Mary Pena's speech, Summer 1996

In the summer of 1996, a benefit for the Ts'peten Defenders was held at La Quena Coffeehouse, in Vancouver, BC (Canada). The following is a transcription of a speech made by Ts'peten Defender MARY PENA at that event. Other speakers included:

Percy Rosette, Shuswap Faithkeeper
Transcripts are posted here with the permission of the speakers.


I'm from the Secwepemc [Shuswap] territory, and my forced Christian name is Mary Pea, my Indian name is Bald- headed Eagle Who Seeks. I'm one of the Defenders, I was at Gustafsen Lake. I want to welcome each one of you that has come to support us and listen, and I want to give thanks to Mojave for preparing the feast that we had.

It seems such a short time since we were up there at the lake, but it's going on five months. But it seems like everything is just starting for us. The courts that we were in Friday, we were there to set the date for our trial, which that didn't happen. They want to have our trial in Surrey. We figure that this is the way the government is still going to make it harder on us, because the most of us come from up towards Kamloops and the Caribou area. Even ?? that was asked by the lawyers to have a change of venue to Kamloops because of the hardships that would be caused for us, to have to come all the way from the Kamloops area down to Surrey, they were not concerned, the judge was not concerned about our hardships, saying: oh well, what the hell. And it seems like this has been going on for us since we came out of the lake -- the hardships that they've put upon us. We always seem to be watched by the police; wherever we stay, the police are parked somewhere on the road, watching us.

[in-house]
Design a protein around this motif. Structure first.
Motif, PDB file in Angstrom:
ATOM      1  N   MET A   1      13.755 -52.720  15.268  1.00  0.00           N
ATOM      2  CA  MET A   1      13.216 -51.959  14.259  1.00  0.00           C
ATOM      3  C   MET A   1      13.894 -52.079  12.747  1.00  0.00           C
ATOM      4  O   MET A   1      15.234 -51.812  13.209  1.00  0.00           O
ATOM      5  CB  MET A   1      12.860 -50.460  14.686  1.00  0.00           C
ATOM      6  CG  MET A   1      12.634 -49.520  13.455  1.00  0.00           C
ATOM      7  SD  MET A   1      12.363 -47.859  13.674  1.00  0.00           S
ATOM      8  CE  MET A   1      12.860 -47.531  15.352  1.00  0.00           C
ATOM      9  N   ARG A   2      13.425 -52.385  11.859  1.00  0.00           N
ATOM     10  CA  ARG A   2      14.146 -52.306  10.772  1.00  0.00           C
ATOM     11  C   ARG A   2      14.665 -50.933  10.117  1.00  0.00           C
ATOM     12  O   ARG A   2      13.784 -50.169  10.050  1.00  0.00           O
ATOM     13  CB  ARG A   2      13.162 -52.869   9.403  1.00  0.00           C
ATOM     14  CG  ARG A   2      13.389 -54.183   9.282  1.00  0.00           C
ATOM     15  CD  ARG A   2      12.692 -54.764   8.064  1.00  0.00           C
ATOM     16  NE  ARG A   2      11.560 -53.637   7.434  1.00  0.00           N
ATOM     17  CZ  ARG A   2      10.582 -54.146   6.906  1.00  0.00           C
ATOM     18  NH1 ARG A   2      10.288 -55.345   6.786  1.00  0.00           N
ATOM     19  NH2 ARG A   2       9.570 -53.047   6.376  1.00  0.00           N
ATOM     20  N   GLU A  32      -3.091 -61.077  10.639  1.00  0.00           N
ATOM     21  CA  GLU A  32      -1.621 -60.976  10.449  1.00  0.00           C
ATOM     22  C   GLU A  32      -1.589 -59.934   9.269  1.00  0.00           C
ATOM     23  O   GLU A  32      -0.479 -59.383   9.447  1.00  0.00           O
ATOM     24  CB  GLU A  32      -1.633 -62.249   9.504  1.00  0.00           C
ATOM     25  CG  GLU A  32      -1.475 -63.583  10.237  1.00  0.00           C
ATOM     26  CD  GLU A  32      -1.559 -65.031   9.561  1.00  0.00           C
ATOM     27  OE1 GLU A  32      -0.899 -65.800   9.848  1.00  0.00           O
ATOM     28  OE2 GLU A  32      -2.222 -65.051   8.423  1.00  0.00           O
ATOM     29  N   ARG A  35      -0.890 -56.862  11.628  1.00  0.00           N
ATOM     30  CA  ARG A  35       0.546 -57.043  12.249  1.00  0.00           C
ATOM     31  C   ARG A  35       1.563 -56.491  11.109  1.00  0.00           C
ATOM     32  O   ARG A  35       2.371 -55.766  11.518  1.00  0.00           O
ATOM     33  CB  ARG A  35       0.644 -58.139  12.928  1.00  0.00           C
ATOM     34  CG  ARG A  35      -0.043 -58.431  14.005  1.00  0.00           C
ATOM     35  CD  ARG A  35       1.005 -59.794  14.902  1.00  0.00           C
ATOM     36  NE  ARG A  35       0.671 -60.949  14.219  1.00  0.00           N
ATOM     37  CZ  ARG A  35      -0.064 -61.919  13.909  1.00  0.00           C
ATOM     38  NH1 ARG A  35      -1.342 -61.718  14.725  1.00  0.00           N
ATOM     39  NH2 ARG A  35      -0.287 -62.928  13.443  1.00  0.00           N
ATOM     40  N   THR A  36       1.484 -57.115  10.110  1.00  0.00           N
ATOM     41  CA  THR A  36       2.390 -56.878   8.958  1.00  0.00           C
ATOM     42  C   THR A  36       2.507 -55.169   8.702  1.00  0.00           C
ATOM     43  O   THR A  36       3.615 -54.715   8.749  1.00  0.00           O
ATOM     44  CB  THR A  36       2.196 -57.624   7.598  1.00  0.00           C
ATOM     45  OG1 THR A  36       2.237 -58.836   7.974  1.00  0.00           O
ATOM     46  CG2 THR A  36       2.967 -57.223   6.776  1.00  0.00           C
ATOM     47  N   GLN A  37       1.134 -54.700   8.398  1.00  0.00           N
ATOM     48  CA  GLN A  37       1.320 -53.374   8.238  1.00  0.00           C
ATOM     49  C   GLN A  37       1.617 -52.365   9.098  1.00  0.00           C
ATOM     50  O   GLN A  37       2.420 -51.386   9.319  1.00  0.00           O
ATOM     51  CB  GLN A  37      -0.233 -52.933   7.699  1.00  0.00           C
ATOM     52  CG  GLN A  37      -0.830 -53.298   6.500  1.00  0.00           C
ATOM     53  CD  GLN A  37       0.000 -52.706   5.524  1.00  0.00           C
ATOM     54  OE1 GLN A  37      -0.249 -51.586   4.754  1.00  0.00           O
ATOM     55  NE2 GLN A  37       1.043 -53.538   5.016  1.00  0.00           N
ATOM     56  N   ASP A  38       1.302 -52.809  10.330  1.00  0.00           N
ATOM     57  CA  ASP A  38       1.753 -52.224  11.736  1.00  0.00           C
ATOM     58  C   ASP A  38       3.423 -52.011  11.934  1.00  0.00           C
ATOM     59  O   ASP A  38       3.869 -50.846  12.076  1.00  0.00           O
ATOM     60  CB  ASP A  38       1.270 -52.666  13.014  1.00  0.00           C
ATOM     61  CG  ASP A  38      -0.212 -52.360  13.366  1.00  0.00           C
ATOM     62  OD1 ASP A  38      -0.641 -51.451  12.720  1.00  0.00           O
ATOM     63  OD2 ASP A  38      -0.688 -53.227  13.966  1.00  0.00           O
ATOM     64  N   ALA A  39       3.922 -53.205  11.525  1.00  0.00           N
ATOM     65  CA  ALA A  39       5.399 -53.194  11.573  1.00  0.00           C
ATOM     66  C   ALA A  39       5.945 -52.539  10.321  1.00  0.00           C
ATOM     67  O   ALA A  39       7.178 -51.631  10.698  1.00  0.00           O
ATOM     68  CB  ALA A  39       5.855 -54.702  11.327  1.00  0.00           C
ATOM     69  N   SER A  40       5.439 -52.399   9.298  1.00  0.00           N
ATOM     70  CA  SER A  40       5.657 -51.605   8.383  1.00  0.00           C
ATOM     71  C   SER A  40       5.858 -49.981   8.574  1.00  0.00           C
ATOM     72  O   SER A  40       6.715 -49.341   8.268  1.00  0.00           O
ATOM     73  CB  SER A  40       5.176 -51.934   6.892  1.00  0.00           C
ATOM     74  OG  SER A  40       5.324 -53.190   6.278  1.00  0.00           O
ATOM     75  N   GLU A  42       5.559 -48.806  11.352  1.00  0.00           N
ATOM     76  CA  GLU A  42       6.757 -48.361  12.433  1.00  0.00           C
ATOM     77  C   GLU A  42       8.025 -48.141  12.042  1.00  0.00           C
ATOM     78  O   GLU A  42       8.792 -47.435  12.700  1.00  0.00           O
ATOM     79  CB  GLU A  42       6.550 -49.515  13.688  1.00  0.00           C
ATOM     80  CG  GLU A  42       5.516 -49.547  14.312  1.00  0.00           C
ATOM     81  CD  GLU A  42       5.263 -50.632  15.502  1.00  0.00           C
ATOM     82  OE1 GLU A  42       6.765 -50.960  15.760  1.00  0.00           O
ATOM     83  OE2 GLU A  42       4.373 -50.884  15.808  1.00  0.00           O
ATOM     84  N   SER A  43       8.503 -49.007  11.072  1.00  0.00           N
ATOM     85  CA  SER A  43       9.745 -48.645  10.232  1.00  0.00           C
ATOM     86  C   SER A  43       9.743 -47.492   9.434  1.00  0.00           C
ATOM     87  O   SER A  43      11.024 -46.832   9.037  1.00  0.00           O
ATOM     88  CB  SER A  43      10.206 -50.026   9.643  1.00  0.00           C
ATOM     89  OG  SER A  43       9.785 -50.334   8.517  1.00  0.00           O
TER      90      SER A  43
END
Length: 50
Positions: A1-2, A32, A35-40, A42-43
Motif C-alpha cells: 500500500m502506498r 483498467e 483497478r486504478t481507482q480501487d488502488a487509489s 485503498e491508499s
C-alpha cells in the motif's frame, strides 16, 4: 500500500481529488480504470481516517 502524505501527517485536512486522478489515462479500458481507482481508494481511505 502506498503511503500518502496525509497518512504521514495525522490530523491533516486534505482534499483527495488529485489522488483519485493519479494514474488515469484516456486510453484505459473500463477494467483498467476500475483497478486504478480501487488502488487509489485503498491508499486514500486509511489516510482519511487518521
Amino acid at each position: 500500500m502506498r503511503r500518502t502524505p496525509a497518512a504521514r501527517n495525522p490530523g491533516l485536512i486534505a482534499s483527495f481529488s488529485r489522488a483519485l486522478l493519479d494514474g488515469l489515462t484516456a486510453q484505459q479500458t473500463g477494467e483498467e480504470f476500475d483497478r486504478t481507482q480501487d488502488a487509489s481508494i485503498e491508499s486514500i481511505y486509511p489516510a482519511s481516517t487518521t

Why we were there at the lake -- it was not for ourselves, not for glory, not for money, not for any kind of recognition. We were doing this for our children and our grandchildren and our future generations to come. We figured that this would help our people along in waking up and starting to realize what the government is doing to our people, what they've asked the chief and band council to do to the people, because the chief and band council were put there to cause our people to suffer. I'm not condemning all of the chiefs or band councils, because there is some of them that are starting to wake up and to stand up.

Well, we were up there at the lake -- it seems like it's just happened yesterday. It's because you cannot forget what the R.C.M.P. and the army or the SWAT team or the goon squad, whatever there was out there that surrounded us, that circled us there. We always hear -- like we can sit down and watch T.V. and watch and listen to the gun battles that go on on your television -- this brings back all the memories of what they've done, or what the government has done, not only to us defendants who were in the lake, but to all of our people, the Indian people throughout the land. Everything they done up there at the lake and are still doing today was illegal: all the guns that they used on us, all the (?) that they used, all of the stun bombs that they used -- we know now this was illegal, all of that was illegal for the government to use on the Indian people. But yet they still condemned us, they were put there to massacre us.